You must find a way of living that makes the best use of your time and energy. Only then
can you overcome self-condemnation and the fear of being abandoned. Every human
being is always alone. You came into this world alone and you will leave it alone. You
will never get inner peace and satisfaction from external objects. You cannot share your
itself, not even with those who claim to love you and those you claim to love-in fact, they
are the ones that make you lonely.

Even so, at this stage, it is best not to become too adamant and say, “I don‟t care whether
others like my way of life or not.” Unless you got off to live in the forest or a mountain
cave, you are at the mercy of the community in which you live, at least to some degree.
Remain a member in good standing. That is the best way to ensure that other people will
create a minimum number of obstacles for you. Maintain harmony with the external
world while finding your way internally.

24. Can you give me more practical advice about how to live in the world while
growing spiritually?
Worldly and spiritual life cannot be completely separated. Because you cannot maintain
your existence without the help of the material world, you must learn how to obtain
sufficient worldly resources and how to use these resources as a means for obtaining
spiritual wisdom. The trick is to expand your consciousness without losing yourself in the
material world.

In relationship to the world, be vigilant like the hawk that focuses on its prey while
keeping an eye out for possible danger. The heron is another model of the right attitude
toward the world: it stands still in the water, as if in deep meditation, but when the right
moment comes, it catches the fish in a flash.

Be still and patient when there is no need to be active. When it is time to act, perform
your actions effectively and on time, and again return to a state of stillness. Learn how to
relax like a dog relaxes. A dog falls asleep quickly, but if anything moves, it‟s awake in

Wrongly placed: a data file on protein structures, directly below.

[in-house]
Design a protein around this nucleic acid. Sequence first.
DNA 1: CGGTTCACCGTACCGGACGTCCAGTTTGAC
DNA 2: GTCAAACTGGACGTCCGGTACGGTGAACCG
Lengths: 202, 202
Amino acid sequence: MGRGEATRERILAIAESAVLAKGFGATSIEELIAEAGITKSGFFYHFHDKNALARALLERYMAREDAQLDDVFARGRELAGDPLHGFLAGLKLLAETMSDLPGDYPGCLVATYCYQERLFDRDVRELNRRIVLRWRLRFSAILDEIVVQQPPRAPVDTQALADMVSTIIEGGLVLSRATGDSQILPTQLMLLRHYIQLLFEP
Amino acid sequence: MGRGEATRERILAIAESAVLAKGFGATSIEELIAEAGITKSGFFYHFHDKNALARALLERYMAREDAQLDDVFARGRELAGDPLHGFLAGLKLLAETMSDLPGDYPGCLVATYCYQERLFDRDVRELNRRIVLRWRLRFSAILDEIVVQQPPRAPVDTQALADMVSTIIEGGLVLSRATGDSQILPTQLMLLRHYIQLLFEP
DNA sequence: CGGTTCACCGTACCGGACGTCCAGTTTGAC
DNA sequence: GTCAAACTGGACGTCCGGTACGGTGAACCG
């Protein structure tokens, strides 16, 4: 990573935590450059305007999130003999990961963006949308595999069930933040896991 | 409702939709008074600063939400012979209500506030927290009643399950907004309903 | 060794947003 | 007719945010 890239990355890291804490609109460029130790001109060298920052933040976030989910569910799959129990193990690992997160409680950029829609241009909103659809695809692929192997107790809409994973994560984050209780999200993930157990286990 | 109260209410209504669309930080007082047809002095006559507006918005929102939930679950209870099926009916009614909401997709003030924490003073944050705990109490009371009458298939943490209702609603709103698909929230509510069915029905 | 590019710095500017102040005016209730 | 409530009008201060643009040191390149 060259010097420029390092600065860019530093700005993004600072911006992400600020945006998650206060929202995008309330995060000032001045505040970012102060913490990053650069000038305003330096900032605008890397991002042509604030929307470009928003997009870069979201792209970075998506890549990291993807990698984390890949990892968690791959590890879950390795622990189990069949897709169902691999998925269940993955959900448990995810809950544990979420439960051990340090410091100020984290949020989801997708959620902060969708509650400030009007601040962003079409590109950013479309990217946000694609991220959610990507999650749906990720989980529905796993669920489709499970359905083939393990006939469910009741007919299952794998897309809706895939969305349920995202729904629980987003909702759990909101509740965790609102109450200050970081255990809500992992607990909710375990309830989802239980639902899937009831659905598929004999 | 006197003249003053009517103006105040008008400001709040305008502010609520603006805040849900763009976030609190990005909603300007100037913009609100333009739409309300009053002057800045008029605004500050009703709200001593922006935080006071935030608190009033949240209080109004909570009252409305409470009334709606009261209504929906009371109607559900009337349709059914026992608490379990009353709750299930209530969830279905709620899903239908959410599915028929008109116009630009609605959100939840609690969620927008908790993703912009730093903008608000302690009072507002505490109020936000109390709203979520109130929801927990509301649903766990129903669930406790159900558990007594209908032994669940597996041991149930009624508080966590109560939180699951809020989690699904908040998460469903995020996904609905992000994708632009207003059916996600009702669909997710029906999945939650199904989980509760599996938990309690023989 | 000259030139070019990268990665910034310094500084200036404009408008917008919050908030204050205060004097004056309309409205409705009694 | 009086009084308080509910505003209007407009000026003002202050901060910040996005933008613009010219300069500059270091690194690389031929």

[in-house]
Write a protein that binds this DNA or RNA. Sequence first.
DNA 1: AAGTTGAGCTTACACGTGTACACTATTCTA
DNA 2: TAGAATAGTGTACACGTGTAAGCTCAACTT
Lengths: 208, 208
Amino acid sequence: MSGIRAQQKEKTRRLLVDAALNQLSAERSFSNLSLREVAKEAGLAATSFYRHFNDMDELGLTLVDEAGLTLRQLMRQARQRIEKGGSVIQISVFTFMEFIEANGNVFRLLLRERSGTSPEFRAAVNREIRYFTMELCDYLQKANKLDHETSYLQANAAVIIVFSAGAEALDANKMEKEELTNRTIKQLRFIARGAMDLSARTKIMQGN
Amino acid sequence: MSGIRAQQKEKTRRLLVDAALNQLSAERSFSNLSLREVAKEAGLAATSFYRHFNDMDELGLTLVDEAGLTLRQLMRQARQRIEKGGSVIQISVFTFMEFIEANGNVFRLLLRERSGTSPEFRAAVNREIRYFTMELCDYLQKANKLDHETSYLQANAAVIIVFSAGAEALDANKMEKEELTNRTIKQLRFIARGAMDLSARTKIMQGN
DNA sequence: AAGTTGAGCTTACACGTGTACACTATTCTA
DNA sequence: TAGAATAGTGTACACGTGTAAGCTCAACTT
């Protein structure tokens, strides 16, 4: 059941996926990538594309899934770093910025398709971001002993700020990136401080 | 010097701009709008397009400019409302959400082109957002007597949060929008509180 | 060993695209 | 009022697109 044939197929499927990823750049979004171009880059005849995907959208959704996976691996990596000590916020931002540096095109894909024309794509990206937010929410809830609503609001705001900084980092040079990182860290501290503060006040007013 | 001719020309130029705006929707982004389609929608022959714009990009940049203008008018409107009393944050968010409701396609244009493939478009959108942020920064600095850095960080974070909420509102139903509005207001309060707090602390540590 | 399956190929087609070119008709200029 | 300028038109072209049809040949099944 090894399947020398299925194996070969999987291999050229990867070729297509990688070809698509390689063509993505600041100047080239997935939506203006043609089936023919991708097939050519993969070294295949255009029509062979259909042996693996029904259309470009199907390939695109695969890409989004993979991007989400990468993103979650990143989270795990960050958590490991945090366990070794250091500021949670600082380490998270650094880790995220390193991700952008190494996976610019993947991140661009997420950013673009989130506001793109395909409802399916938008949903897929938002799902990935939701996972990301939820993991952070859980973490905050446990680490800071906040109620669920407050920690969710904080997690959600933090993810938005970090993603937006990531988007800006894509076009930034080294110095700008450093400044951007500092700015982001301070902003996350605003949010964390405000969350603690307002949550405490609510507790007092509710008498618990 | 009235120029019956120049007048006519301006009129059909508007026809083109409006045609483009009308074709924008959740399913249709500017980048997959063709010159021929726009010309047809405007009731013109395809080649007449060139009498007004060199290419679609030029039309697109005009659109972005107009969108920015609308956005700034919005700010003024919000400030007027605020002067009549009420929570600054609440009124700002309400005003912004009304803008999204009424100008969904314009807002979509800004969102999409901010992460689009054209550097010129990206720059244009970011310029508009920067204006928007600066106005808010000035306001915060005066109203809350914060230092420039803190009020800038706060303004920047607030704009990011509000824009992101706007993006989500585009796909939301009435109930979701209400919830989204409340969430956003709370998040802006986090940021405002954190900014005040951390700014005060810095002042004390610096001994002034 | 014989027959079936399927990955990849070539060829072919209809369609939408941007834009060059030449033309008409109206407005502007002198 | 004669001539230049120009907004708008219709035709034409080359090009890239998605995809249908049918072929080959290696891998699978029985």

an instant and ready for action. When the moment has passed, the dog falls asleep again.
Work hard, but take it lightly. Perform your duties to the best of your ability, but with as
little attachment as possible.

Don‟t get lost in an endless round of worldly duties and obligations. No matter how
skillful you are, or how selflessly you carry out your duties, there will still be an endless
number of things left undone at the end of your life. If you don‟t learn how to balance
duties and your personal spiritual practice, you will be lost.

Regulate your life Go to sleep on time and get up on time. Maintain a schedule-when it‟s
time to sleep, sleep; when it‟s time to get up, get up. After 10 p.m., even a five-minute
deviation from your schedule makes a difference. For example, a close friend calls you
after 10 p.m. and you feel you have to talk to him or her. Conversations with those who
are close to you affect you deeply, so you may not be able to sleep for a while after the
conversation is over. If your sleep is disrupted, it will be difficult to get up on time
morning. If you sleep late, your schedule is in shambles. From the perspective of your
practice, this conversation with your friend is not constructive.

When you are developing the habit of practice, everything counts. You have to
consciously make a strong commitment to your practice and resolve that while you will
not ignore the world, you will not let it get in the way of your sadhana either.

25. My husband and I are long-term practitioners of meditation. We are concerned
that our son, now two, will be unduly influenced by the cultural emphasis on the
external and the material. How can we nurture a love for spiritual values in our
son? Should we adopt formal teaching methods or simply trust that he will pick
them up from the atmosphere we create in our home?
You will create and nurture a great deal of love for spirituality in your children when you
allow your own spirituality to manifest effortlessly in your thoughts, speech, and actions.
Your children expect love and affection from you; the last thing they will accept is the
imposition of rigid discipline.

Make sure your method of inspiring and guiding your children in spiritual matters doesn‟t
create a bad impression in their minds. Excessive preaching and lecturing and overt
attempts to control their behavior will make a negative impression, and they may rebel.
Instead, let them notice how much value you place on spiritual principles compared to all
other components of your daily life. Through observation they will figure out the
connection between the brighter and loving part of you and your spiritual practices.

Children are smart - their minds are like sponges, especially in the early years. They